Accuracy with weight measurements is essential for residents in the long-term care setting. Weight measurement is used to calculate energy, protein and fluid needs. It is used as an indicator of nutritional and health status and changes in weight can often indicate other medical changes. Inaccurate weight measurements can result in an increased number of “unplanned” weight changes in the facility and affect the plan of care for the resident.
Key points to consider in assuring weight accuracy:
- If possible, have the same staff member responsible for obtaining all weights. This will assure consistency of procedure.
- Weigh residents at the same time of the day, in the same weight clothing each time they are weighed.
- Use the type of scale appropriate for each individual resident’s weight, medical condition and ability to ambulate; balance scale to zero before weighing.
- Document type of scale used for measurement.
- If weighed in wheelchair, make sure to subtract weight of wheelchair from weight obtained.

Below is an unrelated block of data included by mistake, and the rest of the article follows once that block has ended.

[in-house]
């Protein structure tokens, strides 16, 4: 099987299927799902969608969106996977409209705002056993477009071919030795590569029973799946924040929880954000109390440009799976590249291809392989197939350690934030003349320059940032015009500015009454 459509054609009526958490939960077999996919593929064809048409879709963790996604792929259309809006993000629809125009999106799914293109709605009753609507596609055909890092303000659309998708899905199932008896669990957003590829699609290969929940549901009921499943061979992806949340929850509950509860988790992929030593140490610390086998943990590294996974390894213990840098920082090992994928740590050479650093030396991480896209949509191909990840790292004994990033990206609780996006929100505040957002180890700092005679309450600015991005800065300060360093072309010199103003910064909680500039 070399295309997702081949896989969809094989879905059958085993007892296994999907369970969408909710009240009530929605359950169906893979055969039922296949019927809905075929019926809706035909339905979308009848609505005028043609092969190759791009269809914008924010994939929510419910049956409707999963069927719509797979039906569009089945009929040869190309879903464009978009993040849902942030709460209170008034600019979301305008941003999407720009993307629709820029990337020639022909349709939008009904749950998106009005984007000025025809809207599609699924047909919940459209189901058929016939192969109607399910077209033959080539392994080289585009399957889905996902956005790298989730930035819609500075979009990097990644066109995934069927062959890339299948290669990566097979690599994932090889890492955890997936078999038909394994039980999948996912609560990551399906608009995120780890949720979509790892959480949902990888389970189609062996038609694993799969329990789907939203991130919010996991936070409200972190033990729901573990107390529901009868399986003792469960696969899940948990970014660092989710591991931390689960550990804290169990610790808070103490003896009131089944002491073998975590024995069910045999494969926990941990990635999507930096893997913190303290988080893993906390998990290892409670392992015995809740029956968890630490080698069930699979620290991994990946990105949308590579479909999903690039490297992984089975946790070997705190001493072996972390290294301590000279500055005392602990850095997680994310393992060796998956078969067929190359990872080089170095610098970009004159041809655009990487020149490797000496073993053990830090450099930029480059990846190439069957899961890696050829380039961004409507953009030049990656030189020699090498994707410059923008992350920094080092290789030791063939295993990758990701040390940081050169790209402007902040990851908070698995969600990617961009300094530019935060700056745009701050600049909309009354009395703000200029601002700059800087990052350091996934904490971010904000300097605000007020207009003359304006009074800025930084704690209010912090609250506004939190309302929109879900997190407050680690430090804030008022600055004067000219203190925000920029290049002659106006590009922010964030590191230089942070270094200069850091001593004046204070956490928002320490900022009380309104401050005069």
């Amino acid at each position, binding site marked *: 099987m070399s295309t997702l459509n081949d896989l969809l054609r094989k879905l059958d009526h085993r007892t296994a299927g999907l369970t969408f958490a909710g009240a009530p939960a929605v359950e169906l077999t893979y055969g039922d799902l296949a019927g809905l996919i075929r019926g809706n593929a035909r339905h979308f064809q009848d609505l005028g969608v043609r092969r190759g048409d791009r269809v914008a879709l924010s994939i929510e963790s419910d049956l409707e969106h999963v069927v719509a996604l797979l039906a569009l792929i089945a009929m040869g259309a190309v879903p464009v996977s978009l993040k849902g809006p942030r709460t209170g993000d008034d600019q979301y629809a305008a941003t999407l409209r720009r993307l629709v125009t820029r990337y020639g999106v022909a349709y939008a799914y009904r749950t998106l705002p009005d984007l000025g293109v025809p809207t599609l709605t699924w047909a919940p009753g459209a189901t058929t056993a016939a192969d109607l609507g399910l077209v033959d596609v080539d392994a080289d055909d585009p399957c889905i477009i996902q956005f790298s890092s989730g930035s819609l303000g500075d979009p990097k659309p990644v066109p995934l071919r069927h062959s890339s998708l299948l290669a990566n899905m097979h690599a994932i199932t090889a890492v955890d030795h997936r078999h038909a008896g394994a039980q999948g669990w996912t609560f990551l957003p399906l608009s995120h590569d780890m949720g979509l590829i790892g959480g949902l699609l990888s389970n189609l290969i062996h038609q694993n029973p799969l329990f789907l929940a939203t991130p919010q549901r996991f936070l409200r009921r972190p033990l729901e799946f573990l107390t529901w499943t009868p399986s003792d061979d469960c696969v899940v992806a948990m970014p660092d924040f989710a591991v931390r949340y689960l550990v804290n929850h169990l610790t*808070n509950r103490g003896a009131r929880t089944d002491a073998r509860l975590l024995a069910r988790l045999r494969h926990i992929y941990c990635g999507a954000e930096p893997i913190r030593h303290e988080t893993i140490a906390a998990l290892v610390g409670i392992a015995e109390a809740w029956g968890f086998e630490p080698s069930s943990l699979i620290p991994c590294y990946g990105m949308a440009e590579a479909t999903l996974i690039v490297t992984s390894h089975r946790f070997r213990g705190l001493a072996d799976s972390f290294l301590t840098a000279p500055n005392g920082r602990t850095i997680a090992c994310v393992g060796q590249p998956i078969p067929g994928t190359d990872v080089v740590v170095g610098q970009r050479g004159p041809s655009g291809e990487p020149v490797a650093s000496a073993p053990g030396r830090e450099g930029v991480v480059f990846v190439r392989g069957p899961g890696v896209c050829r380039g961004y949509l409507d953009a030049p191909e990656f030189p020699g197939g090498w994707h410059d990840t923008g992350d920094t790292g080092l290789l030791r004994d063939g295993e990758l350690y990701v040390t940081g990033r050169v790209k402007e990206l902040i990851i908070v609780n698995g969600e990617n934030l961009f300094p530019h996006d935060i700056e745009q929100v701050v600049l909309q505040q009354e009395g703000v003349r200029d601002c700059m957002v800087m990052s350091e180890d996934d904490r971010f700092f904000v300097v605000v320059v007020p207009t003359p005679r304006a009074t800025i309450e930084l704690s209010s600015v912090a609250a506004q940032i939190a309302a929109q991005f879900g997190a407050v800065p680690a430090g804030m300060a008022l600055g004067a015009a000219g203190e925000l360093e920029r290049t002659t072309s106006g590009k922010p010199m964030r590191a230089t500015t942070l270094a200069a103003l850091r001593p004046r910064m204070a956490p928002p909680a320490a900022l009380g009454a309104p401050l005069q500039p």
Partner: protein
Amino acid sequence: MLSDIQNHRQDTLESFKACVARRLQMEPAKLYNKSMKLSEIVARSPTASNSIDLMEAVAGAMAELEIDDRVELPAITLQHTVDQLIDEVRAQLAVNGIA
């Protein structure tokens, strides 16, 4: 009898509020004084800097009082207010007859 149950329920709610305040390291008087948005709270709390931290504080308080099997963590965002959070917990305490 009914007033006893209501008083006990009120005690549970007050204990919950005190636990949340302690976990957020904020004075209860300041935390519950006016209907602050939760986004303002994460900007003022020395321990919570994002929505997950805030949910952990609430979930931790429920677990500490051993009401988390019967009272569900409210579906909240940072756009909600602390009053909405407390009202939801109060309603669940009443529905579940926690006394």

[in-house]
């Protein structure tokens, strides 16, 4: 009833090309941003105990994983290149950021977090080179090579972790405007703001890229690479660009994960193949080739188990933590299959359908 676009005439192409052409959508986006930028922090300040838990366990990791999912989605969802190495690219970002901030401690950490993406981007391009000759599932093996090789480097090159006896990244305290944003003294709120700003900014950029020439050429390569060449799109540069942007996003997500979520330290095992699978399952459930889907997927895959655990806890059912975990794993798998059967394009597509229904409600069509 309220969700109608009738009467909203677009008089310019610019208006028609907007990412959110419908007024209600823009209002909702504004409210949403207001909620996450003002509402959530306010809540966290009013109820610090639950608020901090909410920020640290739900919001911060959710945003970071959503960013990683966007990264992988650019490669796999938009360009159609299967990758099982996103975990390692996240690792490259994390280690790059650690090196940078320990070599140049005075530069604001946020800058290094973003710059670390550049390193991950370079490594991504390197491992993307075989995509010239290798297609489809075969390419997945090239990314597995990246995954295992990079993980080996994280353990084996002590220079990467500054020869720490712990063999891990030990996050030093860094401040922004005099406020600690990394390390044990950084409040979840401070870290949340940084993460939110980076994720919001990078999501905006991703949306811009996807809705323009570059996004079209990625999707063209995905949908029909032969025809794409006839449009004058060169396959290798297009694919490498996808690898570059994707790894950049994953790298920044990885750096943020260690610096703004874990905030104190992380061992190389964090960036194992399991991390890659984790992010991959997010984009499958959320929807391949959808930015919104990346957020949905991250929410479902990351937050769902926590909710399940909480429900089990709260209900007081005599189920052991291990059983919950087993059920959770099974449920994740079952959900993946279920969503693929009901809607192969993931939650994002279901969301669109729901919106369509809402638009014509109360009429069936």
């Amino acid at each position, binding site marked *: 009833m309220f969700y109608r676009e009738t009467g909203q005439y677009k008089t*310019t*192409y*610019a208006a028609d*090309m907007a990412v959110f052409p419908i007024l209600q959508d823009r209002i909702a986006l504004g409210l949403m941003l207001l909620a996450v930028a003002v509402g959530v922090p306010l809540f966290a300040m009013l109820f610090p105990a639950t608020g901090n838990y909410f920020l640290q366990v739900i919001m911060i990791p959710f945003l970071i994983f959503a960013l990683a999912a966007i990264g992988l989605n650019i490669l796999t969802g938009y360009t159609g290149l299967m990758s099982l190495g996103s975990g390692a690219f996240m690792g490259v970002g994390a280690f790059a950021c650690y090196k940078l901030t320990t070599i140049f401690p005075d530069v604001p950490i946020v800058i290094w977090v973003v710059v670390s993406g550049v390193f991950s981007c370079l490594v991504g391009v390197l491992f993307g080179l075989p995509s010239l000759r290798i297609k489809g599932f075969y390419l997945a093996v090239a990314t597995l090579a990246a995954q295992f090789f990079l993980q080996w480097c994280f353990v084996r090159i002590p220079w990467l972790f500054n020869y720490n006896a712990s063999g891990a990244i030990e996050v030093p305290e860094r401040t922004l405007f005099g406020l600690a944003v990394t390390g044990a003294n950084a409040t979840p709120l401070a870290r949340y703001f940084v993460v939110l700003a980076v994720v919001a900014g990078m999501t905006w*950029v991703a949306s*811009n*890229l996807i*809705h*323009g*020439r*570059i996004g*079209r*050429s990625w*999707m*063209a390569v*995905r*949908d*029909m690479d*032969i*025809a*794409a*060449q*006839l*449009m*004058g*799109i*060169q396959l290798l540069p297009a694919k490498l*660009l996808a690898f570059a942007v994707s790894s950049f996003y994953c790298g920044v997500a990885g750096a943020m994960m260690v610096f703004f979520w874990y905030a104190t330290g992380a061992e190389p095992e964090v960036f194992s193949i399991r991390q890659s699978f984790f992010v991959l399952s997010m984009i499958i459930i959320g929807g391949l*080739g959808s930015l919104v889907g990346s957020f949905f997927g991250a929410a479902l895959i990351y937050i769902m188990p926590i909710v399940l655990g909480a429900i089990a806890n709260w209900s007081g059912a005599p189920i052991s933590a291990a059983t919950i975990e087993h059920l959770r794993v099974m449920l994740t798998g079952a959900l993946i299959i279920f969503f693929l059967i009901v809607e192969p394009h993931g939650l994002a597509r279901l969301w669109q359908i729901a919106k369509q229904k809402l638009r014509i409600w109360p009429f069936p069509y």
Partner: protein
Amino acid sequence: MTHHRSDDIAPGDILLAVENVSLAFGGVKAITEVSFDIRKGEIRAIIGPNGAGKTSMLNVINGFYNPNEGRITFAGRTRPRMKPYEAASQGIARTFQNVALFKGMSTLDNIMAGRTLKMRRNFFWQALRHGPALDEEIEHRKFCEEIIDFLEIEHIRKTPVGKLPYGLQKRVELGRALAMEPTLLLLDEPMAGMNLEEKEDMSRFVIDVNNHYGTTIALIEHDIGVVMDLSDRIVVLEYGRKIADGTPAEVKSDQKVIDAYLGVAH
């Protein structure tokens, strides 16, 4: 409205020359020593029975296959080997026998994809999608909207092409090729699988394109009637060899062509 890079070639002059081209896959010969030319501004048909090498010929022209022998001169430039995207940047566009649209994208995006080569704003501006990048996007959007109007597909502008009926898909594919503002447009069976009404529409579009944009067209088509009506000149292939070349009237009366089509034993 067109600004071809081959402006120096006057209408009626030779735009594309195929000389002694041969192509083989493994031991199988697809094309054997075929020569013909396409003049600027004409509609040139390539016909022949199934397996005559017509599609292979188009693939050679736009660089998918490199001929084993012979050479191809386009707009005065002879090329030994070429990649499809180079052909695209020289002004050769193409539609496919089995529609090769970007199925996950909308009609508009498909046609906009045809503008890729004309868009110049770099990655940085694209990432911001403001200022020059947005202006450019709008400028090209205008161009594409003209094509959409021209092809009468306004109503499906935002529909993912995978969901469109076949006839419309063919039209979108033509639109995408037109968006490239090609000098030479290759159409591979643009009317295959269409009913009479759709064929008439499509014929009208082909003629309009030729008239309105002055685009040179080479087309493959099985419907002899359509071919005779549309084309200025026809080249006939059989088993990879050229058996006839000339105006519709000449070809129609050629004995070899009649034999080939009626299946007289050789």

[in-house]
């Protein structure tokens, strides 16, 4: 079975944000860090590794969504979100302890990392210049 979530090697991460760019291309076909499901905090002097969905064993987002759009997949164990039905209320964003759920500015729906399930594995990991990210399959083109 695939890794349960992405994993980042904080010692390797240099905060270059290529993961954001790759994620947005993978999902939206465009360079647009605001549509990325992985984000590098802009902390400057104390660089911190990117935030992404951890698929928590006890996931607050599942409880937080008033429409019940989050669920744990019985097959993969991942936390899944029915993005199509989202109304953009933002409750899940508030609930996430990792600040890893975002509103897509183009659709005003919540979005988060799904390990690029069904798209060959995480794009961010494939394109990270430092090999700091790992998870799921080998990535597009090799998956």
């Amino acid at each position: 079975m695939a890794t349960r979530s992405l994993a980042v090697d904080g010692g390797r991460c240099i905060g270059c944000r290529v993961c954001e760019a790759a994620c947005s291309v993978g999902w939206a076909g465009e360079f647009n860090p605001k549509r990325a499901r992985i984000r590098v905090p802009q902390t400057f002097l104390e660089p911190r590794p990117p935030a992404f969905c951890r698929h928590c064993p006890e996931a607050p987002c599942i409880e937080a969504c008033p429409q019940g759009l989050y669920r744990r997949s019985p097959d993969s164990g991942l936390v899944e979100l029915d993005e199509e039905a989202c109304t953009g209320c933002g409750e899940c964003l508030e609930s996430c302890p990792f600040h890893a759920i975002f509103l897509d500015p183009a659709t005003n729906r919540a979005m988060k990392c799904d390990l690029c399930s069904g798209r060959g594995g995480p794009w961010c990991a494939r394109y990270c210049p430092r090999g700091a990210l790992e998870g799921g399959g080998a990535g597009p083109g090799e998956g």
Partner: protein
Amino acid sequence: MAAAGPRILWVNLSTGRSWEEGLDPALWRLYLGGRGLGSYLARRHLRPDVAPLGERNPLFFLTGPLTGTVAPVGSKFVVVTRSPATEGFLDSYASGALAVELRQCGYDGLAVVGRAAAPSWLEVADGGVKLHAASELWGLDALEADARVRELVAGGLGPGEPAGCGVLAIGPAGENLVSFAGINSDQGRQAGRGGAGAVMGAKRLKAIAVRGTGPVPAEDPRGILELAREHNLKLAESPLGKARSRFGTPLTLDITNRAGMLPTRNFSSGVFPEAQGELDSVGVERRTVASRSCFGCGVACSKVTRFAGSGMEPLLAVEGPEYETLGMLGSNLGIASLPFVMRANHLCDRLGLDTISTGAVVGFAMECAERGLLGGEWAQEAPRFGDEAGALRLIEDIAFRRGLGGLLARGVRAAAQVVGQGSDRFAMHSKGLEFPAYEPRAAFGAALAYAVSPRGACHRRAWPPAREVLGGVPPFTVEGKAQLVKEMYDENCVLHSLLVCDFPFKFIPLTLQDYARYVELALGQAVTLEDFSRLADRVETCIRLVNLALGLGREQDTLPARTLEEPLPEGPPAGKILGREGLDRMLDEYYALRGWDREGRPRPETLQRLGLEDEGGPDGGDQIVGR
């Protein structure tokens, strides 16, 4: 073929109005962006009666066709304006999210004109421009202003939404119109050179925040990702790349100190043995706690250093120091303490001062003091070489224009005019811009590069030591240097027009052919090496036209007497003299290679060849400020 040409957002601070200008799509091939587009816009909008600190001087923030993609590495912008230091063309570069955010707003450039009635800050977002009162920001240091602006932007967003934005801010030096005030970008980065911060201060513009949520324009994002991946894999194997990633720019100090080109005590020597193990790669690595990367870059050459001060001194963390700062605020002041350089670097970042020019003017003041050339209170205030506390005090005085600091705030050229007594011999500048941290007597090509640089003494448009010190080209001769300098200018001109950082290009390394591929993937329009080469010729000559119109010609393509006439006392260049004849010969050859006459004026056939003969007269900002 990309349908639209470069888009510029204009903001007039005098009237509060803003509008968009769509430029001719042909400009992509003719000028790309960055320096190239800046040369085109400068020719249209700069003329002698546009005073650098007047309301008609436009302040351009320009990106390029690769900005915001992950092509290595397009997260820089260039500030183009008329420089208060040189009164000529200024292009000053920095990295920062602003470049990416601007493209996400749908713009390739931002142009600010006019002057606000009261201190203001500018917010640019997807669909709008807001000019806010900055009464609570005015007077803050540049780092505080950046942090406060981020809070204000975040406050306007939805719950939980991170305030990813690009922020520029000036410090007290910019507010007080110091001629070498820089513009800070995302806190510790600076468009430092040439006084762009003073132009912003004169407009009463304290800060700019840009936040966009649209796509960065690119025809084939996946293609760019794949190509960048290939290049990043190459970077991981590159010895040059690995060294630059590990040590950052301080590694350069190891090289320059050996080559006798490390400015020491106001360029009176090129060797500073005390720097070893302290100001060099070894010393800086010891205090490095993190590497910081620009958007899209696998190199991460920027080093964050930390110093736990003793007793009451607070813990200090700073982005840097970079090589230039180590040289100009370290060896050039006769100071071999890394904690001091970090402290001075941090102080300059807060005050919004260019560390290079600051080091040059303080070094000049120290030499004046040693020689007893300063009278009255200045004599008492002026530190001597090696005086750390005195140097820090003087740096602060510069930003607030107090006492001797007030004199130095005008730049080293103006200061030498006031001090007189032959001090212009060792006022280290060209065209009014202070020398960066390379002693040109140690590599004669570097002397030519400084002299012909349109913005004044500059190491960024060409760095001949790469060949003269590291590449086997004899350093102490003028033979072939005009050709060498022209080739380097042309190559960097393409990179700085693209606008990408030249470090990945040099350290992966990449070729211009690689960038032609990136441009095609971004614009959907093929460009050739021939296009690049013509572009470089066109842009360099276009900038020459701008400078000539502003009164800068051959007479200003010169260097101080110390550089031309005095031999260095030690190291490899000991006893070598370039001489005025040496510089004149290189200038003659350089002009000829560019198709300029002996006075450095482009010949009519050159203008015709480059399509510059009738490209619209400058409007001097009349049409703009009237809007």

- Be aware of casts, full catheter or colostomy bags, splints, prosthetics and other devices that can affect weight and document if these items are present.
- Compare weight to previous weight; if a large variance is noted (greater or equal to 5#) make sure to re-weigh the resident to verify the weight. If any weights are found to be incorrect, note them as an “error” with staff initials or follow your facility procedure.
- Calibrate scales at least once a month using manufacturer’s instructions for calibration to assure accuracy; if scale is electronic, batteries should be changed regularly.
- Make sure to obtain accurate heights on residents in order to calculate body mass index (BMI).
Take the first step to proper weight documentation by reviewing your weight policy and procedure. Make sure all staff are aware of the importance of accurate weights for all residents.